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Thurgood Marshall

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Thurgood Marshall was a leading civil rights attorney before serving as Solicitor General and finally as an Associate Justice of the United States Supreme Court.
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Thurgood Marshall was a leading civil rights attorney before serving as Solicitor General and finally as an Associate Justice of the United States Supreme Court.

Thurgood Marshall (July 2, 1908January 24, 1993) was the first African-American justice of the Supreme Court of the United States. He was known for his liberal and pro-Civil rights positions. He was also known as one of the most important lawyers in American history, having played a key role in the litigation that ended mandatory racial segregation in the United States.

He served on the court from 1967 until 1991, when he retired due to ill health.

Marshall was born in Baltimore, Maryland. His parents, William and Norma, named him "Thoroughgood" after his great-grandfather, a former slave who had fought for the Union Army during the Civil War. However, Marshall found the name cumbersome and was known as Thurgood from childhood. After graduating from Frederick Douglass High School and Lincoln University, Marshall applied to the University of Maryland Law School. He was turned down because of that school's segregation policy and attended Howard University instead.

Marshall received his law degree from Howard in 1933, and set up a private practice in Baltimore. The following year, he began working with the Baltimore NAACP. He won his first major civil rights case, Murray v. Pearson, in 1936; his co-counsel on that case was Charles Hamilton Houston. Marshall represented Donald Gaines Murray, a student who had been denied admission to the University of Maryland Law School because of his race.

Marshall won his first Supreme Court case, Chambers v. Florida 309 US 227 1940. That same year, at the age of 32, he was appointed Chief counsel for the NAACP. He argued many other cases before the Supreme Court, most of them successfully, including Smith v. Allwright 321 US 649 1944, Shelley v. Kraemer 334 US 1 1948, Sweatt v. Painter 339 US 629 1950, and McLaurin v. Oklahoma State Regents 339 US 637 1950. His most famous case as a lawyer was Brown v. Board of Education of Topeka 347 US 483 1954, the case in which the Supreme Court ruled that "separate but equal" public education was illegal because it could never be truly equal. In total, Marshall won twenty nine out of the thirty-two cases he argued before the Supreme Court.

President Kennedy appointed Marshall to the United States Court of Appeals for the Second Circuit in 1961. A group of white southern Senators led by Mississippi's James Eastland and West Virginia's Robert Byrd held up his confirmation, so he served for the first several months under a "recess appointment." Marshall remained on that court until 1965, when President Lyndon Johnson appointed him Solicitor General. Johnson then appointed him to the Supreme Court on June 13, 1967, saying that this was "the right thing to do, the right time to do it, the right man and the right place."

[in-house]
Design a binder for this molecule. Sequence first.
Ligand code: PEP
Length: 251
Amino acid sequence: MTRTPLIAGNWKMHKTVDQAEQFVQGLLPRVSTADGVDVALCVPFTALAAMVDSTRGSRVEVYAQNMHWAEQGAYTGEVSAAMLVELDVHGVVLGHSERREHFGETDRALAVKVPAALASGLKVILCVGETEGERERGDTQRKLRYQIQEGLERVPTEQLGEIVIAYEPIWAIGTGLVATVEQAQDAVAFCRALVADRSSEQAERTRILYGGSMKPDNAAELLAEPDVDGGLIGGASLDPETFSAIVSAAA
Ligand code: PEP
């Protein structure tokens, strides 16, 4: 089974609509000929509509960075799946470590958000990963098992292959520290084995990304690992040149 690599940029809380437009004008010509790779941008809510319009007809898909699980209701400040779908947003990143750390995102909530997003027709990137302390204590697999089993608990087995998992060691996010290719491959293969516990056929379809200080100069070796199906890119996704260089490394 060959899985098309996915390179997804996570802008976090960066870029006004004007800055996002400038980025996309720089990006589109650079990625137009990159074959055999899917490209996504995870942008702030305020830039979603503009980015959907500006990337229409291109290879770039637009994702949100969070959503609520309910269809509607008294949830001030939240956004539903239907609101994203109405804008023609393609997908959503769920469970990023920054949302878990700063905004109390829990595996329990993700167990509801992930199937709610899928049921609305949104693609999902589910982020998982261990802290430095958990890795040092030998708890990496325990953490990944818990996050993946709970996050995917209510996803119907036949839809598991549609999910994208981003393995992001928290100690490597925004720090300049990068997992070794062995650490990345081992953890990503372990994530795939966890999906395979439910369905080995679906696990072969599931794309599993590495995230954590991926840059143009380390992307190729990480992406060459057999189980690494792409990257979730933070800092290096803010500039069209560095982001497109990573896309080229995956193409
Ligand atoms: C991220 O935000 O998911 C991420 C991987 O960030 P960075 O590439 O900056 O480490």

President Johnson confidently predicted to one biographer, Doris Kearns, that a lot of black baby boys would be named "Thurgood" in honor of this choice.

Marshall served on the Court for the next twenty-four years, compiling a moderately liberal record that included strong support for Constitutional protection of individual rights, especially the rights of criminal suspects against the government. His most frequent ally on the Court was Justice William Brennan, who consistently joined him in opposing the death penalty. There is a memorial[1] (http://www.mdarchives.state.md.us/msa/stagser/s1259/121/6259/html/0001.html) to him near the Maryland state house.

Marshall was married twice; to Vivien "Buster" Burey from 1929 until her death in February 1955 and to Cecilia "Cissy" Suyat from December 1955 until his death in 1993. Marshall had two sons from his second marriage; Thurgood Marshall Jr., a former top aide to President Bill Clinton, and John W. Marshall, who is currently Secretary of Public Safety in the Cabinet of Virginia Governor Mark Warner and a former United States Marshals Service Director.

The University of California, San Diego has named one of its colleges after Thurgood Marshall.

On February 14, 1976, the law school at Texas Southern University was formally named The Thurgood Marshall School of Law[2] (http://www.tsu.edu/academics/law/). The school's mission is to "significantly impact the diversity of the legal profession".

On October 1, 2005, Baltimore-Washington International Airport will be renamed Baltimore-Washington International Thurgood Marshall Airport in his honor.

Marshall was a prominent member of Alpha Phi Alpha Fraternity Inc., the first intercollegiate Greek-letter fraternity established for African Americans.


Preceded by:
Tom C. Clark
Associate Justice of the Supreme Court of the United States
October 2, 1967October 1, 1991
Succeeded by:
Clarence Thomas

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